Traitor hater, part 2Written by Michael Miller | Editor in Chief Emeritus | email@example.com
NOTE: The original version of this column was published Aug. 10, 2008. It is more relevant now than then.
As we are all too often reminded, it’s not a perfect world. Sometimes the bad guys get away, the good guys make bad choices and innocent people catch the shrapnel.
The instability is constant because unpredictability is an intrinsic human trait. A more cynical view would replace “unpredictability” with “unreliability.”
Karma usually has the last word, and while there’s no empirical evidence of cosmic justice in the afterlife, it’s human nature to believe the big wheel of consequence transports good people to their destination while crushing bad people along the way. My guess is, that’s about 80 percent accurate.
What happens to those who betray confidence and intentionally abandon friends and family? What happens to those who steal and lie and intimidate people? Perhaps this dirty dozen of historical and fictional examples will offer some solace to the aggrieved.
1. Judas Iscariot: For 30 pieces of silver, Judas betrayed Jesus Christ and set the Crucifixion in motion. Depending on the source material, Judas hanged himself, was stoned to death or had his bowels spilled in a field, none of which is a happy ending.
2. Benedict Arnold: Feeling unappreciated and slighted, the George Washington-appointed commandant of Philadelphia took more than 10,000 British pounds, a pension and some land in Canada for working with John Andre to give West Point secrets to the British. Upon capture, Andre was executed. Arnold escaped and eventually fled to London, where he died of gout, dropsy and delirium.
3. Rosencrantz and Guildenstern in “Hamlet”: Shakespeare makes the ultimate case for killing the messengers for the message: Rosencrantz and Guildenstern are longtime friends with Hamlet, but serve as spies for the evil and murderous King Claudius. They are sent on a mission to see Hamlet killed, but the downbeat prince turns the tables and the two betrayers are sent to their deaths.
4. Scar: More regicidal hijinks. In “The Lion King,” jealous Scar arranges the death of his brother, King Mufasa, in a wildebeest stampede. Scar lives the high life for a while, but eventually his greed and disregard for friends and family lead to his being torn apart by the very hyenas he once partnered with. Are you noticing a trend here?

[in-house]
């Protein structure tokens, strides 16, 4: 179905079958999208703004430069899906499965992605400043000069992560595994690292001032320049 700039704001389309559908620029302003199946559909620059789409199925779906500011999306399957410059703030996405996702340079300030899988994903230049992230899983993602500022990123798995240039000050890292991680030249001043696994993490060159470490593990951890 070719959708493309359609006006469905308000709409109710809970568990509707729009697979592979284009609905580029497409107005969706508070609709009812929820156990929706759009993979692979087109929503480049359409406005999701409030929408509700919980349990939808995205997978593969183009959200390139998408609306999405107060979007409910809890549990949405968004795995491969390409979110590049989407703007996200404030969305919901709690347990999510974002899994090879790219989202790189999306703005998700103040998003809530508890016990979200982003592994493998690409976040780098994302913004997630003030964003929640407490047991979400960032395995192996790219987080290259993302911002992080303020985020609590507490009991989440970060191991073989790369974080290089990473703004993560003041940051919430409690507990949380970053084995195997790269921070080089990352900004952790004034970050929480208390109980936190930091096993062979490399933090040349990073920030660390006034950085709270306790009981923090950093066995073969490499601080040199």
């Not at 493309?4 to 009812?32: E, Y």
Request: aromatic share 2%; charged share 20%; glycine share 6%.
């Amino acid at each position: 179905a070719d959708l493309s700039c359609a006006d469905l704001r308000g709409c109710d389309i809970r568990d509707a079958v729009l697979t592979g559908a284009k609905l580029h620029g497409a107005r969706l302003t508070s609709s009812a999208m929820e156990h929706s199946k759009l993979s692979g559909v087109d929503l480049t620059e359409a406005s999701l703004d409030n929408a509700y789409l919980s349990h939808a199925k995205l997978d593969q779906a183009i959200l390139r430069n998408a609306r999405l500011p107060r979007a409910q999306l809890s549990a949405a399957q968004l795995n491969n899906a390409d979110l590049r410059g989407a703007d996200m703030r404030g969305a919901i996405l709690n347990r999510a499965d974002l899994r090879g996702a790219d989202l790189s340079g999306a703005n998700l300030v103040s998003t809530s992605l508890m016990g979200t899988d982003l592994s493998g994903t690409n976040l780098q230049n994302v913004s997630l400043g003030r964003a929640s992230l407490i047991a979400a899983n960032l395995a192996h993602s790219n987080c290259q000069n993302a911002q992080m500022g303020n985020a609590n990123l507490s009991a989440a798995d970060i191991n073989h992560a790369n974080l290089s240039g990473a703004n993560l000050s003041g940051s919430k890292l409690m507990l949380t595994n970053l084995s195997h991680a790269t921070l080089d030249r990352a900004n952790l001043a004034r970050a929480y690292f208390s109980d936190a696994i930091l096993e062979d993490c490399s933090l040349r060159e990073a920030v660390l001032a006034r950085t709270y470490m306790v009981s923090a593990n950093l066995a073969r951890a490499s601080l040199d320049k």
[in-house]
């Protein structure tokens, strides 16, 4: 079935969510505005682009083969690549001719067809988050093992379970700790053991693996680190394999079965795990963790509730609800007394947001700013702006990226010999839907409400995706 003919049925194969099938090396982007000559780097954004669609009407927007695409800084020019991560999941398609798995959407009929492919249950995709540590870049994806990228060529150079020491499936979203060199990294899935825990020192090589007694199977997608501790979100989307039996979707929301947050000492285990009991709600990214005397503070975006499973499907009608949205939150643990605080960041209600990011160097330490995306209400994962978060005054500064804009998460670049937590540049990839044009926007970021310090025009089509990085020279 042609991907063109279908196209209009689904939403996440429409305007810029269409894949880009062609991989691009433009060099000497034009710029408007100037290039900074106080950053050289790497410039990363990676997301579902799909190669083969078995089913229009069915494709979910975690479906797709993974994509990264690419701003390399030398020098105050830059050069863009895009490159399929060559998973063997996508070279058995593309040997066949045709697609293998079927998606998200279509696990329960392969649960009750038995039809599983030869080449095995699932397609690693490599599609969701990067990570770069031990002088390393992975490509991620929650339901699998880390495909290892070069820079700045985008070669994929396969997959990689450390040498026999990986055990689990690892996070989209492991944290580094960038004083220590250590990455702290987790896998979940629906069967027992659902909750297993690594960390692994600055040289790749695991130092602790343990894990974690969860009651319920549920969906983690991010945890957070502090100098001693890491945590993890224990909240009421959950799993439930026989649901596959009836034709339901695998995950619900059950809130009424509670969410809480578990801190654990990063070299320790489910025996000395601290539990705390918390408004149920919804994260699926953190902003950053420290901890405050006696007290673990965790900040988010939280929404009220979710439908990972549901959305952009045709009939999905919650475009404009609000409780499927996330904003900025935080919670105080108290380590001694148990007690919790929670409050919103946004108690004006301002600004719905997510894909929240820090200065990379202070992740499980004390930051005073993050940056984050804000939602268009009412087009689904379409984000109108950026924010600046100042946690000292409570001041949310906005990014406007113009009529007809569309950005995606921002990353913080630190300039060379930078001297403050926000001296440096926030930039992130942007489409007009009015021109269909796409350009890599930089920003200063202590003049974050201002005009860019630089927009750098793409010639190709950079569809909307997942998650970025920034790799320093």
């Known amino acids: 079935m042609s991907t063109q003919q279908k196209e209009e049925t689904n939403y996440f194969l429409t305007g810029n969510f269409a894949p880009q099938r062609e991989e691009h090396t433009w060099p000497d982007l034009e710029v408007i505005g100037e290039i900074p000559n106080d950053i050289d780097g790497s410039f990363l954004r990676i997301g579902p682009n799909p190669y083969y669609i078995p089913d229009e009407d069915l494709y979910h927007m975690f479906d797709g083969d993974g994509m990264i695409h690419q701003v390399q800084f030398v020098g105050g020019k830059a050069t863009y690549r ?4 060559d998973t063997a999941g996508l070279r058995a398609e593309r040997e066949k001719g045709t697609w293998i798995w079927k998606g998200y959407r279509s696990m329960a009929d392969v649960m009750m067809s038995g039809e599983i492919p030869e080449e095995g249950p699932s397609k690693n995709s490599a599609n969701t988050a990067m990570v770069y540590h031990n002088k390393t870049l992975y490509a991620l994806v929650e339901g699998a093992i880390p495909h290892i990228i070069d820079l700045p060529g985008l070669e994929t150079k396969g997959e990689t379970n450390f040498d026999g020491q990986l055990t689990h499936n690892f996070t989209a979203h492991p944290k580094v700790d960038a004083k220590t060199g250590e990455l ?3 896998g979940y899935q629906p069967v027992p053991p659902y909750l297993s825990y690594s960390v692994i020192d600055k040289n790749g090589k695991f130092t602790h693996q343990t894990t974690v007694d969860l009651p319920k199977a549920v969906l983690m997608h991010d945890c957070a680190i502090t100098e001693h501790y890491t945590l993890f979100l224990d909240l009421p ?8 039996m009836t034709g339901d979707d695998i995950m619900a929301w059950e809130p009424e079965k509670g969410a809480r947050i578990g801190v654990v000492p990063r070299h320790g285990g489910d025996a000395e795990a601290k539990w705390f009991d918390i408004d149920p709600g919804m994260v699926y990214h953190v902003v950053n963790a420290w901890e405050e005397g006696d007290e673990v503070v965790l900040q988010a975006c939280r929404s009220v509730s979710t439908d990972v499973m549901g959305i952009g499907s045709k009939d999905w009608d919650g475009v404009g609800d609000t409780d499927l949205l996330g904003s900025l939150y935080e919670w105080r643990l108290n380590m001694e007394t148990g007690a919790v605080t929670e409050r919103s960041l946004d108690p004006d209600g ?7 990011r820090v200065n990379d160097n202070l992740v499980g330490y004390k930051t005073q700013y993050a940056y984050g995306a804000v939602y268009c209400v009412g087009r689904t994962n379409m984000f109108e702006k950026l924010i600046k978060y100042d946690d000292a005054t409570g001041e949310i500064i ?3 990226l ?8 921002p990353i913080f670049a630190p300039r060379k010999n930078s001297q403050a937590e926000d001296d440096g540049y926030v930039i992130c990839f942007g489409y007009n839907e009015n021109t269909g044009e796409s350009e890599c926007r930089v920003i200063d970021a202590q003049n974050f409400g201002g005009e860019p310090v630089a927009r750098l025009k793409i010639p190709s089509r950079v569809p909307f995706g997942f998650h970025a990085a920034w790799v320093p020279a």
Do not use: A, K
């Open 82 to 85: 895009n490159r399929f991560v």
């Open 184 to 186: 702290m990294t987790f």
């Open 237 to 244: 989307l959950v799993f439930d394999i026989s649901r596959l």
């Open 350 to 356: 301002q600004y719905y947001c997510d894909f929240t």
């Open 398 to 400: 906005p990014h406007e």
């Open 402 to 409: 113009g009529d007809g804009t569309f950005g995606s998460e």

5. Brutus: Betrayed Julius Caesar, leading the 44 B.C. plot to assassinate the Roman leader. Brutus committed suicide after a military defeat, less than two years after his traitorous act.
6. John Walker Lindh: An American who pleaded guilty to being a member of the Taliban, Lindh received a far-too-easy 20-year prison sentence. He got off light. Charges against him included conspiracy to murder U.S. citizens and conspiracy to provide material support and resources to designated foreign terrorist organizations. In January 2003, Lindh was locked away at the United States Penitentiary, a high-security prison in Victorville, Calif., northeast of Los Angeles.
7. Fredo Corleone: Fredo, the weakest of Don Corleone’s sons, betrayed the family off-screen in “The Godfather” and paid for it with his life in “The Godfather II.” As played by John Cazale, Fredo was a whiny loser who let delusions of grandeur jeopardize his family and their business. Fredo is shot and dumped in a lake when his brother Michael exacts the inevitable revenge.
8. Iago: Shakespeare’s greatest villain is one of the ultimate traitors. Iago pretends to be General Othello’s trusted adviser, but systematically destroys Othello’s life though scheming and lying. Wez do not see Iago’s execution, but it is implied. There was certainly no sequel or spinoff featuring the dastardly traitor.
9. Aldrich Ames: Ames gave the Russians the identities of American spies and other intelligence information. He reportedly jeopardized more than 100 American intelligence efforts. His traitorous actions earned him a reported $4.5 million, blood money for the 10 Americans who were executed as a result of his betrayal. The CIA believes he eventually gave away every U.S. agent who was working against the USSR. He is serving life in prison.
10. Salieri: Salieri, in stage and film incarnations, is jealous of Mozart’s talent. He pretends to befriend Amadeus but all the while plots to thwart his career. Eventually, Salieri plots to trick Mozart into writing his own requiem. The stress contributes to Mozart’s pauper death. Salieri lives long enough to see his own work forgotten and Mozart’s increasingly celebrated.
11. Peter Pettigrew: The entire “Harry Potter” saga spins the way it does because Harry’s parents trusted Pettigrew, who betrayed them to ultimate baddie Lord Voldemort. For his reward, Pettigrew spends years as the rat Scabbers, earns the cheery nickname Wormtail, loses a hand and is eventually strangled by the magical prosthetic hand that replaces his filthy, weak natural one.
12. Your name here.
Michael S. Miller is editor in chief of Toledo Free Press and Toledo Free Press Star. Contact him at mmiller@
Tags: Aldrich Ames, Amadeus, Benedict Arnold, Brutus, CIA, Don Corleone, Fredo Corleone, George Washington, Guildenstern, Hamlet, Harry Potter, Iago, Jesus Christ, John Cazale, John Walker Lindh, Judas Iscariot, Julius Caesar, Lighting The Fuse, Lion King, Lord Voldemort, Michael Corleone, Michael S. Miller, Mozart, Othello, Peter Pettigrew, Rosencrantz, Salieri, Scar, Shakespeare, The Godfather, The Godfather II